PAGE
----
* Any views expressed in this opinion piece are those of the author and not of Thomson Reuters Foundation.
India has undergone an astonishing transformation over the past decade or so.
When I first visited India in the early 70s few would have predicted that this amazing country would today have an IT industry worth over $100 billion a year or that Indian companies would come to own some of the best known British brands such as Jaguar Land Rover and Tetley Tea.
But this transformation has yet to percolate through to all aspects of Indian life and while the economy races ahead, some areas of social development lag way behind.
One area of particularly stark contrast is access to clean water and safe toilets.
In this sub-continental powerhouse of over 1.2 billion people, almost half relieve themselves outside and nearly one in ten do not have access to clean water.
It is a situation not only blighting India’s present but threatening its future.
A recent report estimated that the knock-on consequences of inadequate sanitation cost the country around an annual $ 54 billion using 2006 figures – the equivalent of over 6 cents in every dollar earned in India during that year.
The economic impact comes from workers becoming sick, having to take time off to care for family members who are sick, the cost of treating those sick as well as lost tourist earnings.
But over half the total loss calculated was due to people dying prematurely because of disease spread through inadequate sanitation. And nearly four-fifths of the premature mortality economic losses was due to the deaths of children aged under five.
A depressing situation but there is hope in the air that an end to India’s sanitation tragedy may just possibly be in sight.
Last year, Prime Minister Narendra Modi launched his high profile Swachh Bharat campaign with the goal of eradicating the practice of people relieving themselves in the open by 2019.
This is an unprecedented opportunity not only to really raise the issue of sanitation and the safe disposal of human waste - a historically unpopular topic - while this is on the political stage but also for all those involved in the campaign to ensure that we work together and learn from our previous experiences, successes and failures.
To help bring learning and inspiration together to enhance the campaign, WaterAid India is hosting a three day India WASH Summit from 16-18 February on water, sanitation and hygiene (WASH) in partnership with the Ministry of Drinking Water and Sanitation and Ministry of Urban Development in New Delhi.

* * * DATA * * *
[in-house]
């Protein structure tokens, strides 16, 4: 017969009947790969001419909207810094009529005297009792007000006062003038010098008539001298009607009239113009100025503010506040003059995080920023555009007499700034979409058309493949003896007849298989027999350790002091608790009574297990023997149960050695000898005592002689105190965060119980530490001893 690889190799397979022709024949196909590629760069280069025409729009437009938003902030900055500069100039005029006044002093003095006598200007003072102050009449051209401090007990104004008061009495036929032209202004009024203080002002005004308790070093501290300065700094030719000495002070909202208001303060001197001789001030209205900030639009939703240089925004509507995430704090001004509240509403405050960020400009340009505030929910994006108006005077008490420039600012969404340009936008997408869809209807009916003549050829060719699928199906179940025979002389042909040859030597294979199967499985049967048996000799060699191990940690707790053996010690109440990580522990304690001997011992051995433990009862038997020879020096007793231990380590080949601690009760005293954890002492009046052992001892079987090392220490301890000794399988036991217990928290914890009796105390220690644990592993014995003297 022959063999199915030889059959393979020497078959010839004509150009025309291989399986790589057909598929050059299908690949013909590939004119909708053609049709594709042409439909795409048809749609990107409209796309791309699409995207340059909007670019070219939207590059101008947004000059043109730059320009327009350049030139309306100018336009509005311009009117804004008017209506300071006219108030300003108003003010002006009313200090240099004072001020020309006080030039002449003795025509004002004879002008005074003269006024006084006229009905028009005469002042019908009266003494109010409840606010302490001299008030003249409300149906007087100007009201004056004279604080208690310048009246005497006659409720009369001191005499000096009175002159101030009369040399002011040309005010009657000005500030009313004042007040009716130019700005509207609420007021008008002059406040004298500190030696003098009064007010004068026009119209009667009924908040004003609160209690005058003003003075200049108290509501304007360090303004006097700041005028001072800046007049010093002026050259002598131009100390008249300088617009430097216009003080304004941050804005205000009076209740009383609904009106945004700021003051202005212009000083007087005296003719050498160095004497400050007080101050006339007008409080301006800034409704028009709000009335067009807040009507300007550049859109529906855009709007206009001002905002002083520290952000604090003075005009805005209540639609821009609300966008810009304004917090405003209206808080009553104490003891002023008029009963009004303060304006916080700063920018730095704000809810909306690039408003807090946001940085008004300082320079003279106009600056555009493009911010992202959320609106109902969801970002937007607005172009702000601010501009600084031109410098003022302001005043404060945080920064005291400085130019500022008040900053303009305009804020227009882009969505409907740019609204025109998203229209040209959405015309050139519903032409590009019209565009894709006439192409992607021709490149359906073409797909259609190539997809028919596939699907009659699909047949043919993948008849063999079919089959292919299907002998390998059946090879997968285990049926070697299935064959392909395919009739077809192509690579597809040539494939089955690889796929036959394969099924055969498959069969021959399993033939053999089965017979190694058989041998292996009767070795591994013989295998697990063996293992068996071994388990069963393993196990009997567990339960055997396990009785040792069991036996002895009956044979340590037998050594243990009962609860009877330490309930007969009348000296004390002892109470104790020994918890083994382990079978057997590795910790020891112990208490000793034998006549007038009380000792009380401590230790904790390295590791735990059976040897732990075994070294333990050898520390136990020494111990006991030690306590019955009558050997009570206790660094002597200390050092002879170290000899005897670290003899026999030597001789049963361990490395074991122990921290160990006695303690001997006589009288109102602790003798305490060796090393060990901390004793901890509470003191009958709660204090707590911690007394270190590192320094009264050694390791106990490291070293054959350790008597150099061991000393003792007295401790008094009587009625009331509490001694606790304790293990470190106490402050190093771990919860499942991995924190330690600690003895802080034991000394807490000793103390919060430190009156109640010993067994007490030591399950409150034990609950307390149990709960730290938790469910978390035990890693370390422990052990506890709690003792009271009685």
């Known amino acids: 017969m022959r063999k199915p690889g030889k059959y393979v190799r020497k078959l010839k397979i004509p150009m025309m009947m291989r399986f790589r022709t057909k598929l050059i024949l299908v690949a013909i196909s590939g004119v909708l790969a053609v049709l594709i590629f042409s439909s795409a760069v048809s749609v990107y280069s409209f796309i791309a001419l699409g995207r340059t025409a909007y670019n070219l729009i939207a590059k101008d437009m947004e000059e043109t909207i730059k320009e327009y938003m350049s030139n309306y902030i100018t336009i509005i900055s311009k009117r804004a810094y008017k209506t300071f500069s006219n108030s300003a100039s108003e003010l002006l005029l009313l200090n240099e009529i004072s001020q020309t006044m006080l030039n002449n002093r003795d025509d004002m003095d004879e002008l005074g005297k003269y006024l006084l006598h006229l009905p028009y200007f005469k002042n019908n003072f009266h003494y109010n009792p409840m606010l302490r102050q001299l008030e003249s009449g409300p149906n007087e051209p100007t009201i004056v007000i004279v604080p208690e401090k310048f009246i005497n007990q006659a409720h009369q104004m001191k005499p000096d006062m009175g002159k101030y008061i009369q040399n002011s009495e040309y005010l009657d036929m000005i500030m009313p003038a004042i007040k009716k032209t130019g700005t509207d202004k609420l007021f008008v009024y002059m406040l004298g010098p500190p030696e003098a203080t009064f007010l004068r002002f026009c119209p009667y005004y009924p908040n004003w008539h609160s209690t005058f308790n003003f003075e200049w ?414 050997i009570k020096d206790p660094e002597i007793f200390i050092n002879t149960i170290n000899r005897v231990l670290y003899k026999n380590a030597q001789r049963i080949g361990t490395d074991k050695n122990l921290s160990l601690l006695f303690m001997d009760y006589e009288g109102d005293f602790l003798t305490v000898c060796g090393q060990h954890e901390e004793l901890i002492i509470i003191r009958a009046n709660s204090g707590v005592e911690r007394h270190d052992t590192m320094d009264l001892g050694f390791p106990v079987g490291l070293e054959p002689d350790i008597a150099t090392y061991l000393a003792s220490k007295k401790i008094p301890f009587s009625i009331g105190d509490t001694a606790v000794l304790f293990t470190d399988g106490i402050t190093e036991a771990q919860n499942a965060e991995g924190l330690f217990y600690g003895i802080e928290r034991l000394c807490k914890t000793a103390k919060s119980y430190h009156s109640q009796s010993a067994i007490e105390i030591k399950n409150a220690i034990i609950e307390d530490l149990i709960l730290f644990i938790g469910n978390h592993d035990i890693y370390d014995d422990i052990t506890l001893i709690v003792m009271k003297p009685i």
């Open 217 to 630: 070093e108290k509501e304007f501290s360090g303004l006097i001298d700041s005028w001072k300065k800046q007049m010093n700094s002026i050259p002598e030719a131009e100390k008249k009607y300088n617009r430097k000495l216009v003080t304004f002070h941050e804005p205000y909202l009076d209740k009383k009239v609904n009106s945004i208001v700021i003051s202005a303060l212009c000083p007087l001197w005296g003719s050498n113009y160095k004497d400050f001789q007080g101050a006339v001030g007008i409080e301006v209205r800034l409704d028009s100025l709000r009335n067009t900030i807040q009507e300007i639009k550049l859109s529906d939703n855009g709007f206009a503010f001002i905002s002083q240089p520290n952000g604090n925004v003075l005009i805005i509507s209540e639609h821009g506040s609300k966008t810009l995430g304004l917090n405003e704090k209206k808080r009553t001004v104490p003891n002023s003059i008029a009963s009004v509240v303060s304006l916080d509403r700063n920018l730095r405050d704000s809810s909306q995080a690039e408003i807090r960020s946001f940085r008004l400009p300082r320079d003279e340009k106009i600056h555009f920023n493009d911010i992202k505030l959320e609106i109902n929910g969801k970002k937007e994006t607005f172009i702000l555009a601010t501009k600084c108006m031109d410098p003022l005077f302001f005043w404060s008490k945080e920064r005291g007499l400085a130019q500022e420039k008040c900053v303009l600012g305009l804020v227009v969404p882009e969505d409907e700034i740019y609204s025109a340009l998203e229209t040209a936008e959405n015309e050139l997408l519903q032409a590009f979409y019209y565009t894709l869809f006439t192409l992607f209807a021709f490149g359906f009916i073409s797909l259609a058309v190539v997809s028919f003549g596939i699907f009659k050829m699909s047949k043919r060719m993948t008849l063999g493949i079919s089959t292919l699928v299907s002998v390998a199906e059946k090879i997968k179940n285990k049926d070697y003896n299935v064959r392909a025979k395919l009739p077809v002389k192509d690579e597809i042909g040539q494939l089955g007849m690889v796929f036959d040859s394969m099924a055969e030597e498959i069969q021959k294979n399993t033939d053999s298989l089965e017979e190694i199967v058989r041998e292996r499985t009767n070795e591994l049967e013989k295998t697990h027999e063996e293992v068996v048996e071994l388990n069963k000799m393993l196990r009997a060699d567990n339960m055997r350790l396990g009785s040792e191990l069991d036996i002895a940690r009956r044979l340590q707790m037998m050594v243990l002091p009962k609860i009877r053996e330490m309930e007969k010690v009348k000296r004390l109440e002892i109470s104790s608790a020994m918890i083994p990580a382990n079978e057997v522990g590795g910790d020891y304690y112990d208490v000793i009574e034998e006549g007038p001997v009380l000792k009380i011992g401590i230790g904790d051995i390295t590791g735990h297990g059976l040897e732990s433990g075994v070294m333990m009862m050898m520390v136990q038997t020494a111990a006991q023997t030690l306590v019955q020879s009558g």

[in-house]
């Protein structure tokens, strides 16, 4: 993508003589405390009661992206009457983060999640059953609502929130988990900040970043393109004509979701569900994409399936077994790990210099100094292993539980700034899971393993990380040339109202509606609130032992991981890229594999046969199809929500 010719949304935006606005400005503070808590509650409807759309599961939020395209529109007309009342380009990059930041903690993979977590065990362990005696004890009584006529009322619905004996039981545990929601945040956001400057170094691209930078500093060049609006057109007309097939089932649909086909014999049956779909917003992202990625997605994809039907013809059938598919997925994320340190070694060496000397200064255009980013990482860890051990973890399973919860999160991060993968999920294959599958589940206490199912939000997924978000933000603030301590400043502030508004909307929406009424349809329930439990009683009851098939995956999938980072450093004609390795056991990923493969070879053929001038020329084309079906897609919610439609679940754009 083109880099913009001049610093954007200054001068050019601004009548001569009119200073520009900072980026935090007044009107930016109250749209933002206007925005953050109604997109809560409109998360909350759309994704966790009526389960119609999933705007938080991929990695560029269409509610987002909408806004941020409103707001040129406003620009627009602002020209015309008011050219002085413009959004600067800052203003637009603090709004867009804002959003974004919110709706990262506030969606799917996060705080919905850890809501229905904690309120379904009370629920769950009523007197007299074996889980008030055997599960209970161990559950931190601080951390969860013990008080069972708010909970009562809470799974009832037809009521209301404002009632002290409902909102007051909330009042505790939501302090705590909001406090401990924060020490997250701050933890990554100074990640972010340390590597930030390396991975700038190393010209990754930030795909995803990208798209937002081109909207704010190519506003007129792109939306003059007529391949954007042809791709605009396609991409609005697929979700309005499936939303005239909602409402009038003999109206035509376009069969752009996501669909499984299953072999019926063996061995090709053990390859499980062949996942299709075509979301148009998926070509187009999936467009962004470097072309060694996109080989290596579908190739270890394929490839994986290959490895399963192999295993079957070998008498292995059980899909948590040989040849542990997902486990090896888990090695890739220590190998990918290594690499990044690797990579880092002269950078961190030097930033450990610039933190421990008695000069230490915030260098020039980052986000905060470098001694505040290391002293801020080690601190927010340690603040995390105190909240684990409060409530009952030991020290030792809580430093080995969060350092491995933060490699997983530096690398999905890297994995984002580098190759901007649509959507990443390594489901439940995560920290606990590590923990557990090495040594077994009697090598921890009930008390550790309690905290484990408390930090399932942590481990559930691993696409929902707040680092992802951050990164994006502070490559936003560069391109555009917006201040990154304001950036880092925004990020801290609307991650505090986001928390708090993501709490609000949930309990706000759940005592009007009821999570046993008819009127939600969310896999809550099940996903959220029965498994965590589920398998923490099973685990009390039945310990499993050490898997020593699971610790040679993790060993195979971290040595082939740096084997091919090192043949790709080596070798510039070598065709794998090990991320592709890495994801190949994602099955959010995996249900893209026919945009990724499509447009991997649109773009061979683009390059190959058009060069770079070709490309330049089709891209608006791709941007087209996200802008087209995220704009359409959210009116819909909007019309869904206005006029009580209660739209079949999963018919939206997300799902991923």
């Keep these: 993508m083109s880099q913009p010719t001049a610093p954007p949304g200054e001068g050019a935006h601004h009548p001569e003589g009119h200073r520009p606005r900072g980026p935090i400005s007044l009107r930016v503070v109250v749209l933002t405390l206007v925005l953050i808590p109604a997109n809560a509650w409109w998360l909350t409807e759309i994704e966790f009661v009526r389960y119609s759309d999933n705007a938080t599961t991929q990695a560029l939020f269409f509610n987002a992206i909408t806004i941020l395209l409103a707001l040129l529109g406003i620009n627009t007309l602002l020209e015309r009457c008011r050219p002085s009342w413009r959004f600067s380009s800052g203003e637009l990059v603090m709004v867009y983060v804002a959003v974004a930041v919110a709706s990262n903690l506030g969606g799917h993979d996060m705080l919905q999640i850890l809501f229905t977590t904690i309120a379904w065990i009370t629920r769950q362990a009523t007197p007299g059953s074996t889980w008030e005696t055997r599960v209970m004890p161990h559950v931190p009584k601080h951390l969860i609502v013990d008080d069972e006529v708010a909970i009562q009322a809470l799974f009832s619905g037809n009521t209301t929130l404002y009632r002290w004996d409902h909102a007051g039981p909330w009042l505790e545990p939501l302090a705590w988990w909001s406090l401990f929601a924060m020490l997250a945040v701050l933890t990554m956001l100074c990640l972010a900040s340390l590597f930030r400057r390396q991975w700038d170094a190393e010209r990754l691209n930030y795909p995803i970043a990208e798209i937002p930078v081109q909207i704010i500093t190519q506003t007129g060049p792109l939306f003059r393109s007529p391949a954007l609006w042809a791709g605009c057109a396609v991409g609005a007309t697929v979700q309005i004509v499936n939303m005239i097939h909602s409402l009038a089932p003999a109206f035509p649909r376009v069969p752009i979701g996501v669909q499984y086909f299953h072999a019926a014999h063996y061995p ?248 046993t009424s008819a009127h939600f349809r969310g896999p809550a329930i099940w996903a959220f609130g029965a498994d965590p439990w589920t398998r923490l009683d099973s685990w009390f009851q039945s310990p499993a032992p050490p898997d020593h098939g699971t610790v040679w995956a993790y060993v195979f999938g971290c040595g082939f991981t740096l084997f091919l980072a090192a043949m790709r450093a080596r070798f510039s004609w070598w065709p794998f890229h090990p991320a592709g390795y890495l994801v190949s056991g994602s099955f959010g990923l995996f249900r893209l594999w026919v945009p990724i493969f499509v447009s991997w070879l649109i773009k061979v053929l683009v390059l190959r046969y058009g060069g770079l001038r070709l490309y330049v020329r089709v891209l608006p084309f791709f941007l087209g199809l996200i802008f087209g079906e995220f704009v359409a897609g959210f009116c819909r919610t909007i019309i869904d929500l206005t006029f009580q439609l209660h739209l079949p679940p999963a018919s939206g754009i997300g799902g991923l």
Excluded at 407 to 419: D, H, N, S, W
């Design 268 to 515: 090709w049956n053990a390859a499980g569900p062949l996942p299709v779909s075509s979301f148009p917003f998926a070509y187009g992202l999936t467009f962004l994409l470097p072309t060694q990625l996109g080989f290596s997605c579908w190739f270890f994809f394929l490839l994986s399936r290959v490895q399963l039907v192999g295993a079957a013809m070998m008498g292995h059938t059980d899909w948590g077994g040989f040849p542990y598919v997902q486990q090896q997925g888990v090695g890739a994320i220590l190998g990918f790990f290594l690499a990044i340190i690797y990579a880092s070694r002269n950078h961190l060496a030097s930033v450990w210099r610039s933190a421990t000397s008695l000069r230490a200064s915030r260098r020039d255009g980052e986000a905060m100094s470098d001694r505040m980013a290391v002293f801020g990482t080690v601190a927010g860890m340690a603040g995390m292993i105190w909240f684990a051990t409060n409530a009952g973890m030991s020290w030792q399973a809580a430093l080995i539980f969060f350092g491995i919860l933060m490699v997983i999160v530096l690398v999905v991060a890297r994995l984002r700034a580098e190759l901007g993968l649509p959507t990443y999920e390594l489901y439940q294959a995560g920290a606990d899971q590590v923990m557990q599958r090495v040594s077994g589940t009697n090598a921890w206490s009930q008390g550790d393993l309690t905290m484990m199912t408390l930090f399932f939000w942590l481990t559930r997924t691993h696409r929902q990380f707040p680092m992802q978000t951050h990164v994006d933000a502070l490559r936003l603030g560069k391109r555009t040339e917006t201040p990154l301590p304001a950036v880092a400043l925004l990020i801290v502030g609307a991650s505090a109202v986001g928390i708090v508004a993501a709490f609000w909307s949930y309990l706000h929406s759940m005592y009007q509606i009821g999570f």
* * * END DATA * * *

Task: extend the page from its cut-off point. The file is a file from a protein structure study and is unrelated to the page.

It is the first event of its kind, bringing together representatives and thought leaders from the government, non-government organisations and the private sector.
WaterAid will bring to the table 26 years of experience of working with local partners in India having arrived two years after the government launch of the Central Rural Sanitation Programme.
This was followed in 1999 by the Total Sanitation Campaign and as a result the number of households with access to a toilet rose to one in five which represented significant progress as at the beginning of the eighties coverage in rural areas was as low as one per cent.
What previous sanitation initiatives have taught us is that just building toilets in communities is not enough. Studies from parts of India show that even where toilets exist their usage can be low – and in some places as low as only a third.
So what is absolutely crucial is to ensure that every toilet delivered is a ‘wanted toilet’. To stimulate grassroots demand and to help ensure that toilet are used our partners have worked with communities to raise the understanding of the dangers of open defecation and the health benefits to children of good hygiene and sanitation.
The next step is to ensure that the toilet is not only wanted but also cared for. It is no good supporting the construction of toilets which are then abandoned when something goes wrong because no-one in the community has the expertise to fix it - or if it is seen to belong to the organisation that installed it rather than being community owned and their responsibility alongside that of the local government.
WaterAid’s experiences and learning from India has helped inform our work much further afield - in other parts of Asia and in Africa – thus helping the poorest and most vulnerable communities across the 26 countries where we work.
Personally, the aspect that has most impressed me over the years we have been working in India, is the power of Indian women’s organisations to energise and galvanise communities, in particular, in helping them realise their rights and then vocalise their demands to the local and national authorities.
Their tenacity and commitment has helped transform the lives of many and prevented countless unnecessary child deaths from diarrhoea and other diseases spread by dirty water and poor sanitation.
Women also play a vital role in changing attitudes to sanitation within a community helping everyone understand why it is no longer OK to go to the toilet in the open where others might walk through it.
Armed with the facts, women can work on a community from the inside, persuading, cajoling, educating and sharing in such a powerful way. They can help sow the seeds of behaviour change that can transform a community for generations to come.
By working alongside communities for the long term, WaterAid learns from our experiences and we use that knowledge to improve our work and to share this learning with local organisations and governments.
That is why an event such as next week’s WASH Summit is so useful. Colleagues from government, NGOs, development agencies and the private sector will enter the room determined to offer what we can to make a difference. There will be as many questions as answers, but everyone there will bring their own valuable experiences and solutions to the table to contribute together to a sustainable future for India.